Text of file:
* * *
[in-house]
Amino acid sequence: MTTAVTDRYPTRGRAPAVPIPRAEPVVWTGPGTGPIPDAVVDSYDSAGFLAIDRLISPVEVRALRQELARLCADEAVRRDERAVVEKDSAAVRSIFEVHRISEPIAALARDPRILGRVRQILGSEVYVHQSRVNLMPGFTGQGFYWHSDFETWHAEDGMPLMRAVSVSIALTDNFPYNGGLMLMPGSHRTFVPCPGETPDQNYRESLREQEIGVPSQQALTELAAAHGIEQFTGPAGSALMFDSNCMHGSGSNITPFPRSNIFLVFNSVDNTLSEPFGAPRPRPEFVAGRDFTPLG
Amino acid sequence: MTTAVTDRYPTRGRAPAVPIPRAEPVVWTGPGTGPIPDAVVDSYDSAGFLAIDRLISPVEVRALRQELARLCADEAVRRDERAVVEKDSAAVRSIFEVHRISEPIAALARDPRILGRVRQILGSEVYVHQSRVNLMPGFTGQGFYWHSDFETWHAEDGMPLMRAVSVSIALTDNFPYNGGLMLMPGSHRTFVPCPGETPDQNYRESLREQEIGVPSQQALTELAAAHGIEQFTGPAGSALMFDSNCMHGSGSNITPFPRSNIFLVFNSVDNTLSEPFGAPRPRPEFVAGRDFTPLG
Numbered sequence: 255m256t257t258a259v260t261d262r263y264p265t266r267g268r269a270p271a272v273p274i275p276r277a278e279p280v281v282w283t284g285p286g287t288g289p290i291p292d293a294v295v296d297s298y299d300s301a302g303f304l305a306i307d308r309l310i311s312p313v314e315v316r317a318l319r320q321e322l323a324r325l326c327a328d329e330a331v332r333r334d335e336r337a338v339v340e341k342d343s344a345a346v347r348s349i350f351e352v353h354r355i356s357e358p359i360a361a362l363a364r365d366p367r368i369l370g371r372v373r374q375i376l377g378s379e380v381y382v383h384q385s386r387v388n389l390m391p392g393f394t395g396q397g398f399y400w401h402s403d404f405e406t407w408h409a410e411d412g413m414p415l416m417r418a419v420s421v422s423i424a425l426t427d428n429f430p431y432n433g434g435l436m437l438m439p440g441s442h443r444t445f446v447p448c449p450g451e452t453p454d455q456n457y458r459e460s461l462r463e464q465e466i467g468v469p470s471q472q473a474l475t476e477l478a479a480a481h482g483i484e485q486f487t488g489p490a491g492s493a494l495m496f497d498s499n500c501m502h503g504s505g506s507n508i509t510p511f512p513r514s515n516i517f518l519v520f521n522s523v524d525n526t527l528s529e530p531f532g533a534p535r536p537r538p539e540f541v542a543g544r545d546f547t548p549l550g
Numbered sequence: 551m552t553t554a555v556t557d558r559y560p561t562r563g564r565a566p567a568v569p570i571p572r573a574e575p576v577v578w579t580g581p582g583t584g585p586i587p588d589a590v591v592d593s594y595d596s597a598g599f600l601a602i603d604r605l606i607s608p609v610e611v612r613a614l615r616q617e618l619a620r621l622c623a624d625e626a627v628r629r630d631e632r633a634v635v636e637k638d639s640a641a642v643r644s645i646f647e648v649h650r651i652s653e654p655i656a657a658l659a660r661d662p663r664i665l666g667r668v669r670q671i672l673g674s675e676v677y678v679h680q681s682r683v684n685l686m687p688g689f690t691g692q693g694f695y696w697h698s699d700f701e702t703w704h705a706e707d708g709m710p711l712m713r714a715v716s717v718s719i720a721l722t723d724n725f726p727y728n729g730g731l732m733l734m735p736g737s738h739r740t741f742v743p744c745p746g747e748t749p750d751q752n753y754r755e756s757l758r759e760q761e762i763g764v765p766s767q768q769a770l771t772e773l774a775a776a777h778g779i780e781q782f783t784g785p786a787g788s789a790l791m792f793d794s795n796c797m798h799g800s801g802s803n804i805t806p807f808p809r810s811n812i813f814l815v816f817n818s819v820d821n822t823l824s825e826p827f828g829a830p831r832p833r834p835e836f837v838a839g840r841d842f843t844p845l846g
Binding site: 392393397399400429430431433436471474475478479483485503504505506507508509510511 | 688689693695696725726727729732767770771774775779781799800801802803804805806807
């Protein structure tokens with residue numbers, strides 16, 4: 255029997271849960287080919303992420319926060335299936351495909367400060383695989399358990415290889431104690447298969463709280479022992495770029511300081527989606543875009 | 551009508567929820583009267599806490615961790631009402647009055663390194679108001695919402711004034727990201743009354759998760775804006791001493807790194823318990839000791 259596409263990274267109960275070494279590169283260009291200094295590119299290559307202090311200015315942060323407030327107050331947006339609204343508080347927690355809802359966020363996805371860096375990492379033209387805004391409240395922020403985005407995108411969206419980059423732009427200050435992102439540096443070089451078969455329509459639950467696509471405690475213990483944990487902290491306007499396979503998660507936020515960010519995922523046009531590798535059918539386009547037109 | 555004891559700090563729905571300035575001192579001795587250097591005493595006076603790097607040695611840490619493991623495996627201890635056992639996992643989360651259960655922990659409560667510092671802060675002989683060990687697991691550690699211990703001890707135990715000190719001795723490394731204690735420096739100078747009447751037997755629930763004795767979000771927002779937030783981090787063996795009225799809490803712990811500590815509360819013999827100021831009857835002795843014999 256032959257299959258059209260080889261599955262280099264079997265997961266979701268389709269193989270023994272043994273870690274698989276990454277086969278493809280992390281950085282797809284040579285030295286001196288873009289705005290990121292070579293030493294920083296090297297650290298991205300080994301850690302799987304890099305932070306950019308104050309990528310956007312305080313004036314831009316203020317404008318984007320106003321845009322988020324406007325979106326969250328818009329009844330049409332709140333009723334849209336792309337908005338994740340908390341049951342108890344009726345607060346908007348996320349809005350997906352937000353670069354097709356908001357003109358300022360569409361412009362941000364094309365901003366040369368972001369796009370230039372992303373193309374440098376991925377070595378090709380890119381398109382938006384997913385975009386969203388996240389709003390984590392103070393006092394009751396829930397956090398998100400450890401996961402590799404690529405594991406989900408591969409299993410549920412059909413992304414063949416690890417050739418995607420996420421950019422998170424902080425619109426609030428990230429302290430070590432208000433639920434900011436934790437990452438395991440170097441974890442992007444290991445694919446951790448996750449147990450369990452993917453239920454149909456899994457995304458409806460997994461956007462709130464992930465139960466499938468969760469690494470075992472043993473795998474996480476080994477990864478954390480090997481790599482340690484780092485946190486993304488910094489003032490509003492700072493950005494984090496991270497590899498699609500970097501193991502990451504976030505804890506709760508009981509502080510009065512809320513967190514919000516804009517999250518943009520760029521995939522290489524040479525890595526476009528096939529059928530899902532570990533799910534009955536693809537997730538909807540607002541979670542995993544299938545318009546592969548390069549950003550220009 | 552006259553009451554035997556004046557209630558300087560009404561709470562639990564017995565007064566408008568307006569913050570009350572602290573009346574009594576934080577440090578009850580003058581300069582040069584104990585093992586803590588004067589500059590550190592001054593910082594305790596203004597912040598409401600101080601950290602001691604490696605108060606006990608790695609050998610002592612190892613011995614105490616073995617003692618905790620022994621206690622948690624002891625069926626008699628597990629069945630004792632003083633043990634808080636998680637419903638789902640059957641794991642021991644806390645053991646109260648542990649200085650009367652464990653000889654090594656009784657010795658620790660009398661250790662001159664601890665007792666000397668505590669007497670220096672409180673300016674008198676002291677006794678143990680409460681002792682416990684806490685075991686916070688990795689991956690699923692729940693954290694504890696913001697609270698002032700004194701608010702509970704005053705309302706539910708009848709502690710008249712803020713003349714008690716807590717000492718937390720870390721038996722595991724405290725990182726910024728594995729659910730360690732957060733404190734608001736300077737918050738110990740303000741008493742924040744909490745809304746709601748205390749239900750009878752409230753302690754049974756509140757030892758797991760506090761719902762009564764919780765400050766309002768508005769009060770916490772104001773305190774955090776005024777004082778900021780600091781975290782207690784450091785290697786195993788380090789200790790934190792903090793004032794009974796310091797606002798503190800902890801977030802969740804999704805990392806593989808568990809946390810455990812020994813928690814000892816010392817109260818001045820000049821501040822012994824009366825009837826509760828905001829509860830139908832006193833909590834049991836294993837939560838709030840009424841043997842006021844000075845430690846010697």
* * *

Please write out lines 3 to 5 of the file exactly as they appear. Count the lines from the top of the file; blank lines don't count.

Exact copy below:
Amino acid sequence: MTTAVTDRYPTRGRAPAVPIPRAEPVVWTGPGTGPIPDAVVDSYDSAGFLAIDRLISPVEVRALRQELARLCADEAVRRDERAVVEKDSAAVRSIFEVHRISEPIAALARDPRILGRVRQILGSEVYVHQSRVNLMPGFTGQGFYWHSDFETWHAEDGMPLMRAVSVSIALTDNFPYNGGLMLMPGSHRTFVPCPGETPDQNYRESLREQEIGVPSQQALTELAAAHGIEQFTGPAGSALMFDSNCMHGSGSNITPFPRSNIFLVFNSVDNTLSEPFGAPRPRPEFVAGRDFTPLG
Numbered sequence: 255m256t257t258a259v260t261d262r263y264p265t266r267g268r269a270p271a272v273p274i275p276r277a278e279p280v281v282w283t284g285p286g287t288g289p290i291p292d293a294v295v296d297s298y299d300s301a302g303f304l305a306i307d308r309l310i311s312p313v314e315v316r317a318l319r320q321e322l323a324r325l326c327a328d329e330a331v332r333r334d335e336r337a338v339v340e341k342d343s344a345a346v347r348s349i350f351e352v353h354r355i356s357e358p359i360a361a362l363a364r365d366p367r368i369l370g371r372v373r374q375i376l377g378s379e380v381y382v383h384q385s386r387v388n389l390m391p392g393f394t395g396q397g398f399y400w401h402s403d404f405e406t407w408h409a410e411d412g413m414p415l416m417r418a419v420s421v422s423i424a425l426t427d428n429f430p431y432n433g434g435l436m437l438m439p440g441s442h443r444t445f446v447p448c449p450g451e452t453p454d455q456n457y458r459e460s461l462r463e464q465e466i467g468v469p470s471q472q473a474l475t476e477l478a479a480a481h482g483i484e485q486f487t488g489p490a491g492s493a494l495m496f497d498s499n500c501m502h503g504s505g506s507n508i509t510p511f512p513r514s515n516i517f518l519v520f521n522s523v524d525n526t527l528s529e530p531f532g533a534p535r536p537r538p539e540f541v542a543g544r545d546f547t548p549l550g
Numbered sequence: 551m552t553t554a555v556t557d558r559y560p561t562r563g564r565a566p567a568v569p570i571p572r573a574e575p576v577v578w579t580g581p582g583t584g585p586i587p588d589a590v591v592d593s594y595d596s597a598g599f600l601a602i603d604r605l606i607s608p609v610e611v612r613a614l615r616q617e618l619a620r621l622c623a624d625e626a627v628r629r630d631e632r633a634v635v636e637k638d639s640a641a642v643r644s645i646f647e648v649h650r651i652s653e654p655i656a657a658l659a660r661d662p663r664i665l666g667r668v669r670q671i672l673g674s675e676v677y678v679h680q681s682r683v684n685l686m687p688g689f690t691g692q693g694f695y696w697h698s699d700f701e702t703w704h705a706e707d708g709m710p711l712m713r714a715v716s717v718s719i720a721l722t723d724n725f726p727y728n729g730g731l732m733l734m735p736g737s738h739r740t741f742v743p744c745p746g747e748t749p750d751q752n753y754r755e756s757l758r759e760q761e762i763g764v765p766s767q768q769a770l771t772e773l774a775a776a777h778g779i780e781q782f783t784g785p786a787g788s789a790l791m792f793d794s795n796c797m798h799g800s801g802s803n804i805t806p807f808p809r810s811n812i813f814l815v816f817n818s819v820d821n822t823l824s825e826p827f828g829a830p831r832p833r834p835e836f837v838a839g840r841d842f843t844p845l846g